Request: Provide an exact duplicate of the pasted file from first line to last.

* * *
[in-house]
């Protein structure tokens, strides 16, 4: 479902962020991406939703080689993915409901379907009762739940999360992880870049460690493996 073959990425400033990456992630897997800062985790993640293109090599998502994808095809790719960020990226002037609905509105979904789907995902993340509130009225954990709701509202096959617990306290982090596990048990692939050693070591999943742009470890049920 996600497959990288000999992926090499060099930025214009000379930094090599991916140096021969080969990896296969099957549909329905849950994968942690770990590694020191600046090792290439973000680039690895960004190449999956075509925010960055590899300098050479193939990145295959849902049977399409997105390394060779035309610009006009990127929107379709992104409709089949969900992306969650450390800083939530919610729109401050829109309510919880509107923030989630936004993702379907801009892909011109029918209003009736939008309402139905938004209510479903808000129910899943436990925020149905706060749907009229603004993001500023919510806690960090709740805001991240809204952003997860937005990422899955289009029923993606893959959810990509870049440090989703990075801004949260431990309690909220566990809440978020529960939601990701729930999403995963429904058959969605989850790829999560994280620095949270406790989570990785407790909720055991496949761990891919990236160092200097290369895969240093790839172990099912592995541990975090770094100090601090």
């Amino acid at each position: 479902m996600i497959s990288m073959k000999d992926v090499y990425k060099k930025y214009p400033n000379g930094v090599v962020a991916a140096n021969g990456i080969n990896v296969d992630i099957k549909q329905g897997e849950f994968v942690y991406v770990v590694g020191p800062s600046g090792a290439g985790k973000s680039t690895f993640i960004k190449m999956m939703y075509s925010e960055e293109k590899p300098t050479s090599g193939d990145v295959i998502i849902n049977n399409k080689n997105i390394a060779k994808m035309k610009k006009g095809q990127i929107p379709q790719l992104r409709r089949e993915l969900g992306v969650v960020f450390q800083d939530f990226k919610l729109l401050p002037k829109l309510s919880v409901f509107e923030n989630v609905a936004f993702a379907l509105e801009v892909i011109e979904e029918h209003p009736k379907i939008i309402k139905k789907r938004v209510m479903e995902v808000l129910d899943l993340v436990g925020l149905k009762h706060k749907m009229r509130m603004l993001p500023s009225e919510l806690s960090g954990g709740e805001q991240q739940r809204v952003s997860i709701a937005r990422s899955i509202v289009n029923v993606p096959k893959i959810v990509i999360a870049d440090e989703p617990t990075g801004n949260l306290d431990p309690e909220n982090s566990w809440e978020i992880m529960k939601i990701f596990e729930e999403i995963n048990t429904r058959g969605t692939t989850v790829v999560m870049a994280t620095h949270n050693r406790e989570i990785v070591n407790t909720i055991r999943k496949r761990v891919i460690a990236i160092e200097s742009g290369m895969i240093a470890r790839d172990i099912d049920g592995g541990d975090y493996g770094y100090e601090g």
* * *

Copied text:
[in-house]
């Protein structure tokens, strides 16, 4: 479902962020991406939703080689993915409901379907009762739940999360992880870049460690493996 073959990425400033990456992630897997800062985790993640293109090599998502994808095809790719960020990226002037609905509105979904789907995902993340509130009225954990709701509202096959617990306290982090596990048990692939050693070591999943742009470890049920 996600497959990288000999992926090499060099930025214009000379930094090599991916140096021969080969990896296969099957549909329905849950994968942690770990590694020191600046090792290439973000680039690895960004190449999956075509925010960055590899300098050479193939990145295959849902049977399409997105390394060779035309610009006009990127929107379709992104409709089949969900992306969650450390800083939530919610729109401050829109309510919880509107923030989630936004993702379907801009892909011109029918209003009736939008309402139905938004209510479903808000129910899943436990925020149905706060749907009229603004993001500023919510806690960090709740805001991240809204952003997860937005990422899955289009029923993606893959959810990509870049440090989703990075801004949260431990309690909220566990809440978020529960939601990701729930999403995963429904058959969605989850790829999560994280620095949270406790989570990785407790909720055991496949761990891919990236160092200097290369895969240093790839172990099912592995541990975090770094100090601090």
């Amino acid at each position: 479902m996600i497959s990288m073959k000999d992926v090499y990425k060099k930025y214009p400033n000379g930094v090599v962020a991916a140096n021969g990456i080969n990896v296969d992630i099957k549909q329905g897997e849950f994968v942690y991406v770990v590694g020191p800062s600046g090792a290439g985790k973000s680039t690895f993640i960004k190449m999956m939703y075509s925010e960055e293109k590899p300098t050479s090599g193939d990145v295959i998502i849902n049977n399409k080689n997105i390394a060779k994808m035309k610009k006009g095809q990127i929107p379709q790719l992104r409709r089949e993915l969900g992306v969650v960020f450390q800083d939530f990226k919610l729109l401050p002037k829109l309510s919880v409901f509107e923030n989630v609905a936004f993702a379907l509105e801009v892909i011109e979904e029918h209003p009736k379907i939008i309402k139905k789907r938004v209510m479903e995902v808000l129910d899943l993340v436990g925020l149905k009762h706060k749907m009229r509130m603004l993001p500023s009225e919510l806690s960090g954990g709740e805001q991240q739940r809204v952003s997860i709701a937005r990422s899955i509202v289009n029923v993606p096959k893959i959810v990509i999360a870049d440090e989703p617990t990075g801004n949260l306290d431990p309690e909220n982090s566990w809440e978020i992880m529960k939601i990701f596990e729930e999403i995963n048990t429904r058959g969605t692939t989850v790829v999560m870049a994280t620095h949270n050693r406790e989570i990785v070591n407790t909720i055991r999943k496949r761990v891919i460690a990236i160092e200097s742009g290369m895969i240093a470890r790839d172990i099912d049920g592995g541990d975090y493996g770094y100090e601090g």